Isotopes of potassium

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Potassium (K) has 25 known isotopes from 32K to 56K. Three isotopes occur naturally: stable 39K (93.3%) and 41K (6.7%), and the long-lived radioisotope 40K (0.012%).

The standard atomic mass is 39.0983(1) u.

Naturally occurring radioactive 40K decays to stable 40Ar (10.72% of decays) by electron capture or positron emission (giving it the longest known positron-emitter nuclide half-life). Alternately, and most of the time (89.28%), it decays to stable 40Ca by beta decay. 40K has a half-life of 1.248×109 years. The long half life of this primordial radioisotope is caused by a highly spin-forbidden transition: 40K has a nuclear spin of 4, while both of its decay daughters are even-even isotopes with spins of 0.

40K occurs in natural potassium (and thus in some commercial salt substitutes) in sufficient quantity that large bags of those substitutes can be used as a radioactive source for classroom demonstrations. In healthy animals and people, 40K represents the largest source of radioactivity, greater even than 14C. In a human body of 70 kg mass, about 4,400 nuclei of 40K decay per second.[1]

The decay of 40K to 40Ar enables a commonly used method for dating rocks. The conventional K-Ar dating method depends on the assumption that the rocks contained no argon at the time of formation and that all the subsequent radiogenic argon (i.e., 40Ar) was quantitatively retained. Minerals are dated by measurement of the concentration of potassium and the amount of radiogenic 40Ar that has accumulated.

All other potassium isotopes have half-lives under a day, most under a minute. The least stable are 33K and 34K, both with half-lives shorter than 25 nanoseconds. The half-life of 32K is unknown.

Outside of its use in dating 40K has been used extensively as tracers in studies of weathering. Various potassium isotopes also been used for nutrient cycling studies because potassium is a macronutrient required for life.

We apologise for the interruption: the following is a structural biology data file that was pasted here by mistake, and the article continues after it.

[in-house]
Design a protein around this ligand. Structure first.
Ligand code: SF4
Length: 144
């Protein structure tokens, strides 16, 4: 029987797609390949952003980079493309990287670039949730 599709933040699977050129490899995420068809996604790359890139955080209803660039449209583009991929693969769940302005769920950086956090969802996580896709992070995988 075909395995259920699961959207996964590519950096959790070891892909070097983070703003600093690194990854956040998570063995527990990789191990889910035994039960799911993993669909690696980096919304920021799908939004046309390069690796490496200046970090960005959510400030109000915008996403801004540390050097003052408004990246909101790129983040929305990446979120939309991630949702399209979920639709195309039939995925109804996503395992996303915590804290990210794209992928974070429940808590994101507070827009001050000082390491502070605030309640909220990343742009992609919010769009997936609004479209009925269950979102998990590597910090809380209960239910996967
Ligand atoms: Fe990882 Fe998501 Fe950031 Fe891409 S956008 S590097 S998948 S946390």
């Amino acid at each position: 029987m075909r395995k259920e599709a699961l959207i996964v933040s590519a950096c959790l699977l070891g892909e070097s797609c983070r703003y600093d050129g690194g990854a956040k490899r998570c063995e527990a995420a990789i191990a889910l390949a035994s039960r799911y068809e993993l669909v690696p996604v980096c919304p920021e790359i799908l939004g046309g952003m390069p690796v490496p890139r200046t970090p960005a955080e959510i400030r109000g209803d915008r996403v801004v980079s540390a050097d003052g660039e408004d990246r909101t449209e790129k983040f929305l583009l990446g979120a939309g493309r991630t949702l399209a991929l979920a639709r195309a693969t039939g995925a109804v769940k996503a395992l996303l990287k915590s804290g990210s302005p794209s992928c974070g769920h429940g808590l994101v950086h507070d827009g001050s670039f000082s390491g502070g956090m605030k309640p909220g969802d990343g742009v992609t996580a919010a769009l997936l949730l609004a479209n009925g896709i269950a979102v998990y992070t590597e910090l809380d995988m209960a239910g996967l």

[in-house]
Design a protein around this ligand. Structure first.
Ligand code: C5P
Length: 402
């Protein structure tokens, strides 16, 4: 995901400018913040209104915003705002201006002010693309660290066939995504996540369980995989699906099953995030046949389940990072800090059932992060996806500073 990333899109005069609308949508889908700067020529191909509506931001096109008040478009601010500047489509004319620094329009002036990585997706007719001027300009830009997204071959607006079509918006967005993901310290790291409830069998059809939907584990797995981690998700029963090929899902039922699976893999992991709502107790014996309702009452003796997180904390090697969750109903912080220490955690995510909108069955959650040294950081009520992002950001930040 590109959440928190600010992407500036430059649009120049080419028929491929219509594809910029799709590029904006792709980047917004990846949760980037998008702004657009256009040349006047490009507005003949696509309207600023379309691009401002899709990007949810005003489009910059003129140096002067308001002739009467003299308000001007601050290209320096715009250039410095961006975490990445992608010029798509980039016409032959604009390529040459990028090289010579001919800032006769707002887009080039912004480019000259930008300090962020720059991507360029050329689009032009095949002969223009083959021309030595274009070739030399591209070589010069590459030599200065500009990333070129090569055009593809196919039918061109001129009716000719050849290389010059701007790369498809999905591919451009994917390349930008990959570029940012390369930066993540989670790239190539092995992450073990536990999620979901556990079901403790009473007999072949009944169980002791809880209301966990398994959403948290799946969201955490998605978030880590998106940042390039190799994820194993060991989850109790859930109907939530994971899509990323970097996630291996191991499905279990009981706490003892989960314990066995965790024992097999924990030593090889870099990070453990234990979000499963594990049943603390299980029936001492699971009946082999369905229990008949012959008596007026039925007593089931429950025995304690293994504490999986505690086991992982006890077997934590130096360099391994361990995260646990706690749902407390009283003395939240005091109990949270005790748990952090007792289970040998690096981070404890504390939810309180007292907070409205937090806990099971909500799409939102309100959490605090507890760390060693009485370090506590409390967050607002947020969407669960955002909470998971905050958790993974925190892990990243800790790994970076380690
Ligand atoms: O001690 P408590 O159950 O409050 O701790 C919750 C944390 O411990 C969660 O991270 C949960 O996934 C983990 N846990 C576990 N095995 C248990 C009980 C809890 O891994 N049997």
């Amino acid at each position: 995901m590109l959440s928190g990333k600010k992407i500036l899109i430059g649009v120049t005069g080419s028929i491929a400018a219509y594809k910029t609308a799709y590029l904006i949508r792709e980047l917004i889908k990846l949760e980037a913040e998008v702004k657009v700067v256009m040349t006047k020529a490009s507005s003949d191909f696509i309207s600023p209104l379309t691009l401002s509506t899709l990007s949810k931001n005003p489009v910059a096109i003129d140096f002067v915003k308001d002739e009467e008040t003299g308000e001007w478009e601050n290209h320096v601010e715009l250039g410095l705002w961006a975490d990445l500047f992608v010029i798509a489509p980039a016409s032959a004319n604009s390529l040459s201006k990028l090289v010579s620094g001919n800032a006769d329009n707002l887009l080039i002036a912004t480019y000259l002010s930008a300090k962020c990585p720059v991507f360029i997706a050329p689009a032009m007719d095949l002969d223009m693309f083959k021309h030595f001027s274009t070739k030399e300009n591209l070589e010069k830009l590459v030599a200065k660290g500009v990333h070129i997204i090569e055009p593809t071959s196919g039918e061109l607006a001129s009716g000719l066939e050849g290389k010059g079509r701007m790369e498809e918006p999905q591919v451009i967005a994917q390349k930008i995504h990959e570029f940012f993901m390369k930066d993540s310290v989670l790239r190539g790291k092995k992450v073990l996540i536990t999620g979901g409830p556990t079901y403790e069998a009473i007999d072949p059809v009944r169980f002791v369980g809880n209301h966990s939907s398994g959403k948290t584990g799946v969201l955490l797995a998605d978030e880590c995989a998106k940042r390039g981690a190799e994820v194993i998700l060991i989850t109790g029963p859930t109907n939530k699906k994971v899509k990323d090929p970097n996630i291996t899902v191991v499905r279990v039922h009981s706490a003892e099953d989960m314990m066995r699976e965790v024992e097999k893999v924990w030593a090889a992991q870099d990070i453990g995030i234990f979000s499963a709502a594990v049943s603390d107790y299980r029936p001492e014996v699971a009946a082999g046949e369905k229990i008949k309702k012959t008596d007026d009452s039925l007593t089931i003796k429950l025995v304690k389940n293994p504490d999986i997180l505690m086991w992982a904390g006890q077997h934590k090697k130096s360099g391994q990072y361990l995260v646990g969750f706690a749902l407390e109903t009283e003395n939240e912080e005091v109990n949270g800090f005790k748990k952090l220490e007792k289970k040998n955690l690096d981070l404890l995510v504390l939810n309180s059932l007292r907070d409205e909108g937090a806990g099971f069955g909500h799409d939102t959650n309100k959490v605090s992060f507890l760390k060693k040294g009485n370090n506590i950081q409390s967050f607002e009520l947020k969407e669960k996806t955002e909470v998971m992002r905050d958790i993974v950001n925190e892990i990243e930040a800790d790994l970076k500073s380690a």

isotopic mass (u)
isotope(s)[n 1]
(mole fraction)
excitation energy
32mK950(100)# keVunknown4+#
33K191433.00726(21)#<25 nsp32Ar(3/2+)#
34K191533.99841(32)#<25 nsp33Ar1+#
35K191634.988010(21)178(8) msβ+ (99.63%)35Ar3/2+
β+, p (.37%)34Cl
36K191735.981292(8)342(2) msβ+ (99.94%)36Ar2+
β+, p (.048%)35Cl
β+, α (.012%)32S
37K191836.97337589(10)1.226(7) sβ+37Ar3/2+
38K191937.9690812(5)7.636(18) minβ+38Ar3+
38m1K130.50(28) keV924.2(3) ms0+
38m2K3458.0(2) keV21.98(11) µs(7+),(5+)
40K[n 2][n 3]192139.96399848(21)1.248(3)×109 aβ- (89.28%)40Ca4-1.17(1)×10−4
EC (10.72%)40Ar
β+ (0.001%)[3]
40mK1643.639(11) keV336(12) ns0+
42K192341.96240281(24)12.360(12) hβ-42Ca2-
43K192442.960716(10)22.3(1) hβ-43Ca3/2+
44K192543.96156(4)22.13(19) minβ-44Ca2-
45K192644.960699(11)17.3(6) minβ-45Ca3/2+
46K192745.961977(17)105(10) sβ-46Ca2(-)
47K192846.961678(9)17.50(24) sβ-47Ca1/2+
48K192947.965514(26)6.8(2) sβ- (98.86%)48Ca(2-)
β-, n (1.14%)47Ca
49K193048.96745(8)1.26(5) sβ-, n (86%)48Ca(3/2+)
β- (14%)49Ca
50K193149.97278(30)472(4) msβ- (71%)50Ca(0-,1,2-)
β-, n (29%)49Ca
51K193250.97638(54)#365(5) msβ- (53%)51Ca3/2+#
β-, n (47%)50Ca
52K193351.98261(75)#105(5) msβ-, n (64%)51Ca(2-)#
β-, 2n (21%)50Ca
β- (15%)52Ca
53K193452.98712(75)#30(5) msβ-, n (67%)52Ca(3/2+)#
β-, 2n (17%)51Ca
β- (16%)53Ca
54K193553.99420(97)#10(5) msβ- (>99.9%)54Ca2-#
β-, n (<.1%)53Ca
55K193654.99971(107)#3# msβ-55Ca3/2+#
β-, n54Ca
  1. ^ Bold for stable isotopes, bold italic for nearly-stable isotopes (half-life longer than the age of the universe)
  2. ^ Used in potassium-argon dating
  3. ^ Primordial radionuclide



  1. ^ "Radioactive Human Body". Retrieved 2011-05-18. 
  2. ^
  3. ^ Engelkemeir, D.W.; Flynn, K.F.; Glendenin, L.E. (1962). "Positron Emission in the Decay of K40". Physical Review 126 (5): 1818. Bibcode:1962PhRv..126.1818E. doi:10.1103/PhysRev.126.1818. 

Isotopes of argonIsotopes of potassiumIsotopes of calcium
Table of nuclides